There are many important characters that played a major role in the history and culture of Abruzzo and also in the Italian culture. Here are a few of them:
Gabriele D'Annunzio was a writer and a poet, but also a military officer and a politician, an important figure of the Italian culture and mostly of Abruzzo's culture. He was born in 1863 at Pescara; he had a major contribution to the literature: its most important works were: Il Piacere, L'Innocente, Il Trionfo della Morte, the 18 novels Le Novelle della Pescara. His works show a real interest towards the violence, the sensuality and the erotism. During the First World War he signed up as a volunteer, proving an immense courage and determination. At the end of the war he retired to his famous villa at Gardone Riviera, continuing to dedicate himself to the literature and showing interest in the development of the fascist movement.
Born in 1900 at Pescina, in the Province of Aquila, Ignazio Silone was a writer and a politician, as D'Annunzio. His most famous novel Fontamara, whose action unfolds in Abruzzo's mountains, tells the story of a little village called Fontamara, together with its inhabitants, that every year, generation after generation, are meant to lead a life that totally excludes the mechanisms of modernity and urbanisation. Despite the simple language used, the novel wants to be a report against the authority, against the power and the new Fascist regime, that already in the beginning of the 1900 was renowned for its violence and repression episodes.
Born in 1866 in Pescasseroli, in the Province of Aquila, was a historian, humanist, and foremost Italian philosopher of the first half of the 20 the century. In his works on aesthetics Croce held that an artist's mental images, communicated by physical artefacts, constitute works of art. Viewing history as an interpretation of the past, he argued that history is not only a form of thought but the culmination of philosophy. The general title of the work presenting his system is Philosophy of the Spirit (1902-17; tr. 1909-21), which is divided into four parts, Aesthetic as Science of Expression and General Linguistic, Logic as the Science of Pure Concept, Philosophy of the Practical, and History: Its Theory and Practice.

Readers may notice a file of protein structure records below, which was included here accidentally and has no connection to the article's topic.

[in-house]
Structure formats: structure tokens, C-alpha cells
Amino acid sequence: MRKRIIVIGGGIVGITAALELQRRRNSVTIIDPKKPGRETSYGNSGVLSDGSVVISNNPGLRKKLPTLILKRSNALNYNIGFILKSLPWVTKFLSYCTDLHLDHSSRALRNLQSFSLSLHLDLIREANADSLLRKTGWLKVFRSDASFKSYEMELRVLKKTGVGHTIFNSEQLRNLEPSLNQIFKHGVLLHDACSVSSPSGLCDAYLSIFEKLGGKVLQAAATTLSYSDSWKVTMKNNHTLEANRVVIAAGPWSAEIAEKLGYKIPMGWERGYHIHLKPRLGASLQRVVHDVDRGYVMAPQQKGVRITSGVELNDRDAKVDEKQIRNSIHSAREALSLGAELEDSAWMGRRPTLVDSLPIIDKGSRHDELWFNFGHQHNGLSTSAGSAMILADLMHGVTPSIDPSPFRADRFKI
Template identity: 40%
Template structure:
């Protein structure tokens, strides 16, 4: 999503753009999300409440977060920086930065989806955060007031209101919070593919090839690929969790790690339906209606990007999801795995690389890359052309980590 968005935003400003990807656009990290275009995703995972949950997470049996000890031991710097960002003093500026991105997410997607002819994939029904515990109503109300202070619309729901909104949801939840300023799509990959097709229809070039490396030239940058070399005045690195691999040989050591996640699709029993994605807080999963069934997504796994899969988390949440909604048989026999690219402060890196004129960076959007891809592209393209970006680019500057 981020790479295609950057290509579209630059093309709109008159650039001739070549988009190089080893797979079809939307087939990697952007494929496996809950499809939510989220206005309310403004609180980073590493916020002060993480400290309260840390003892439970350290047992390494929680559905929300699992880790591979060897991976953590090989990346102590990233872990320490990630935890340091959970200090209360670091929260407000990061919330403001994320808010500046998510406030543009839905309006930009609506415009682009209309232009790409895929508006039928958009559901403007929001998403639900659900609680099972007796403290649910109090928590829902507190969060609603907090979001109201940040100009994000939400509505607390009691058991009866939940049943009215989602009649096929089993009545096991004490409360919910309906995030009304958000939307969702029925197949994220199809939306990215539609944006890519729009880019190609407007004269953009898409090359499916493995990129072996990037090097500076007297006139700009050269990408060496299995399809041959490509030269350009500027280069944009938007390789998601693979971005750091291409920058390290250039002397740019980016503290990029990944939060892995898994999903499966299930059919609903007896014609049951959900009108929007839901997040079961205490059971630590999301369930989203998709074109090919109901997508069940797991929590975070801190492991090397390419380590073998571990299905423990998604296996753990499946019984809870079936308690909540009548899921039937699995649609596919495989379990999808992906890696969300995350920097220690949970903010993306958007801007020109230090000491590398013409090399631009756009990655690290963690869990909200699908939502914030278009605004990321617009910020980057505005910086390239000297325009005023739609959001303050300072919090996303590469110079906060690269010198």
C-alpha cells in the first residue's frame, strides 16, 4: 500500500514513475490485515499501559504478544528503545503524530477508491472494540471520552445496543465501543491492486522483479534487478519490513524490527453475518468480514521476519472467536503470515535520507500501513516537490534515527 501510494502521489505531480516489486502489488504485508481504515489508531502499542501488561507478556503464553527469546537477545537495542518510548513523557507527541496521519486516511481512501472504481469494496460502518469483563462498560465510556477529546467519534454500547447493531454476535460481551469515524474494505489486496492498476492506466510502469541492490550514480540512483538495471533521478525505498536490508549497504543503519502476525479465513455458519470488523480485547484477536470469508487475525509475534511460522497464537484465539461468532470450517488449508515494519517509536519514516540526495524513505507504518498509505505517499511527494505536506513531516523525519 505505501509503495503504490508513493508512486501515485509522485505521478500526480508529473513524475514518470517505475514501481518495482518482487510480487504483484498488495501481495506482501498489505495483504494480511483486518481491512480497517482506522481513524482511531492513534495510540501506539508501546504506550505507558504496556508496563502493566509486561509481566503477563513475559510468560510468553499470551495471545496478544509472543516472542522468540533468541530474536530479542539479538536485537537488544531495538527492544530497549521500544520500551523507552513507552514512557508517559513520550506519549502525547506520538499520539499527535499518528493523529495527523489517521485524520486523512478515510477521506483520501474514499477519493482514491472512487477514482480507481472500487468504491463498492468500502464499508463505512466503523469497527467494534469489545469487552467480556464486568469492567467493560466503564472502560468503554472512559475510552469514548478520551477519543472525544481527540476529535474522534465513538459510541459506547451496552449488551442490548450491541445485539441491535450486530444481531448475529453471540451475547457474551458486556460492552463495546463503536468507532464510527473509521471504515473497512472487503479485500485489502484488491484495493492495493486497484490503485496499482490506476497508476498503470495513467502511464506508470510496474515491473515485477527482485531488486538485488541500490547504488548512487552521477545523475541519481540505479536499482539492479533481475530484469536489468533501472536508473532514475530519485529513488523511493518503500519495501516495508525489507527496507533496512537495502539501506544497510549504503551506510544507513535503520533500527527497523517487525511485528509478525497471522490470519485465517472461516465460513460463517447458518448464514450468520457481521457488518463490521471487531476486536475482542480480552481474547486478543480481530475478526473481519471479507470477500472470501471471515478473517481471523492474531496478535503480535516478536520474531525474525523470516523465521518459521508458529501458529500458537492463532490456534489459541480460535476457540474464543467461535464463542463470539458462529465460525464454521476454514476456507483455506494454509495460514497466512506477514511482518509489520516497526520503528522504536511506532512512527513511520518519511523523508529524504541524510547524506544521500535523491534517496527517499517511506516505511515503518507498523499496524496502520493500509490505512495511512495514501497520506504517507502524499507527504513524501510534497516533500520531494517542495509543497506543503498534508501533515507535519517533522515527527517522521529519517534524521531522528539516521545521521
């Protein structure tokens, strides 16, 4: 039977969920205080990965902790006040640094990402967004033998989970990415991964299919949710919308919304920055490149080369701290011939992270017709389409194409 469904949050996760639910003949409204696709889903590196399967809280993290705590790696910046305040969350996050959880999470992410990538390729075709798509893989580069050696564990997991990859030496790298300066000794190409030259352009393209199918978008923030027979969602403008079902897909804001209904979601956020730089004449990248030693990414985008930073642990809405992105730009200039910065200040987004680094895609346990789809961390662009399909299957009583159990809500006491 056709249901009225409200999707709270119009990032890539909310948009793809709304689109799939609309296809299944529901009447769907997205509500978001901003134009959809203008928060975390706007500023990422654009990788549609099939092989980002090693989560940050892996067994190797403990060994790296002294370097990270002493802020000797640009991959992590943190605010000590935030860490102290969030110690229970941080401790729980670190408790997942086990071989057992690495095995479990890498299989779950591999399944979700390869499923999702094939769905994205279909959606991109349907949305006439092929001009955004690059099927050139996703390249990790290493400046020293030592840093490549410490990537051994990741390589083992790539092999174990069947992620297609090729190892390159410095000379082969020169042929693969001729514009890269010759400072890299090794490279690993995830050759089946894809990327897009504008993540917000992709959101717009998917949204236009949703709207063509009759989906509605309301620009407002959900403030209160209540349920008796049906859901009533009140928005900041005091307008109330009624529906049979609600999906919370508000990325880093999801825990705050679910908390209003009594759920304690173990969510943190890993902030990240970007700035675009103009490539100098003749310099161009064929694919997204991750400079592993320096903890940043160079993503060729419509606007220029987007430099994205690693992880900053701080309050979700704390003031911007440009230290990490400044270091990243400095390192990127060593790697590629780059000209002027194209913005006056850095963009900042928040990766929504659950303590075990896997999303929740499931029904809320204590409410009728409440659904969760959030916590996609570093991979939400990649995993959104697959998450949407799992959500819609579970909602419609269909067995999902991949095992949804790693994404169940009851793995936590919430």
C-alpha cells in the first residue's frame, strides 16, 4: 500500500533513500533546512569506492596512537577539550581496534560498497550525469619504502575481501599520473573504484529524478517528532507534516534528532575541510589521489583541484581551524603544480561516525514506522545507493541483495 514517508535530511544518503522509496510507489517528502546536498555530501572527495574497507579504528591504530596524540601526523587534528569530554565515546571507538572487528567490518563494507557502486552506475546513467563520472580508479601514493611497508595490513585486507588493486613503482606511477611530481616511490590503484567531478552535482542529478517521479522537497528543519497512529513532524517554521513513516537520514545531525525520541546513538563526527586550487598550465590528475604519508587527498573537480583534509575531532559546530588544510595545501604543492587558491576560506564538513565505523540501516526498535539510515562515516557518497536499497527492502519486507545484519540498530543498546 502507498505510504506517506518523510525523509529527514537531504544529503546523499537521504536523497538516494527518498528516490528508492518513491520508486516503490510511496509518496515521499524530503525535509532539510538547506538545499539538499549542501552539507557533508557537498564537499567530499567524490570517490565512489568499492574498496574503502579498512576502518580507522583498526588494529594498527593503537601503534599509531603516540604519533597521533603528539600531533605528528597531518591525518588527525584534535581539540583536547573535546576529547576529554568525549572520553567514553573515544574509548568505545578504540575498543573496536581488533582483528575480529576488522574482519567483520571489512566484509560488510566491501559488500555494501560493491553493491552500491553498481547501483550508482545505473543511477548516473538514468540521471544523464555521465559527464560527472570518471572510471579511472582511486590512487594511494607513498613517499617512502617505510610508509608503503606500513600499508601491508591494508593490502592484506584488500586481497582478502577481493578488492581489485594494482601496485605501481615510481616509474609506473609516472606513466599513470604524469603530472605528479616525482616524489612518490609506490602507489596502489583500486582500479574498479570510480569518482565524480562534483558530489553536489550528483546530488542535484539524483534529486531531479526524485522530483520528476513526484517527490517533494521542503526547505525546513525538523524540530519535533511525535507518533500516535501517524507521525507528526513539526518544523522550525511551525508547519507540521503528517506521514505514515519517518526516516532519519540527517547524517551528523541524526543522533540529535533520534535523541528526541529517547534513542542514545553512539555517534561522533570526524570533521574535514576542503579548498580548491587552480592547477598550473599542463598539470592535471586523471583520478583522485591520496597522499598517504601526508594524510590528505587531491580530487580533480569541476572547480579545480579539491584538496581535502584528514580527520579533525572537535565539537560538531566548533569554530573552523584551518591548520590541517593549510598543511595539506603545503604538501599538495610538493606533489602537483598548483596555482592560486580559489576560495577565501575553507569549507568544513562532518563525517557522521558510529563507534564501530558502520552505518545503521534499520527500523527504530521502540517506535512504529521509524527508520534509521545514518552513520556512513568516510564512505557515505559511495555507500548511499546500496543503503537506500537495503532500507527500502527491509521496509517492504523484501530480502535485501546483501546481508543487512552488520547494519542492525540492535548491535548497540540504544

Born in 1910 at Pescara, Ennio Flaiano was a screenwriter, playwright, novelist, journalist and drama critic. He is best known for his work with Federico Fellini. Flaiano wrote for Cineillustrato, Oggi, Il Mondo, Il Corriere della Sera and other prominent Italian newspapers and magazines. In 1971 he suffered a first heart-attack. He put his many papers in order and published them, but a great part of his memories will be published posthumously. In November 1972 he started publishing on Corriere della Sera some autobiographical pieces. November 20 of the same year, whilst at a clinic for a check-up, he suffered a second heart failure. Flaiano was a popular screenwriter and collaborated in many important movies, among which the following should be rememberd: Roma cittÓ libera (1948), Guardie e ladri (1951), La romana (1954), Peccato che sia una canaglia (1955), La notte (1961), Fantasmi a Roma (1961), La decima vittima (1965), La cagna (1972). With Tullio Pinelli, he co-wrote the screenplays for ten films by Federico Fellini: Variety Lights (1950), The White Sheik (1952), I vitelloni (1953), La Strada (1954), Il Bidone (1955), Le notti di Cabiria (1957), La dolce vita (1960), The Temptations of Doctor Antonio episode in Boccaccio '70 (1962) and Juliet of the Spirits (1965).
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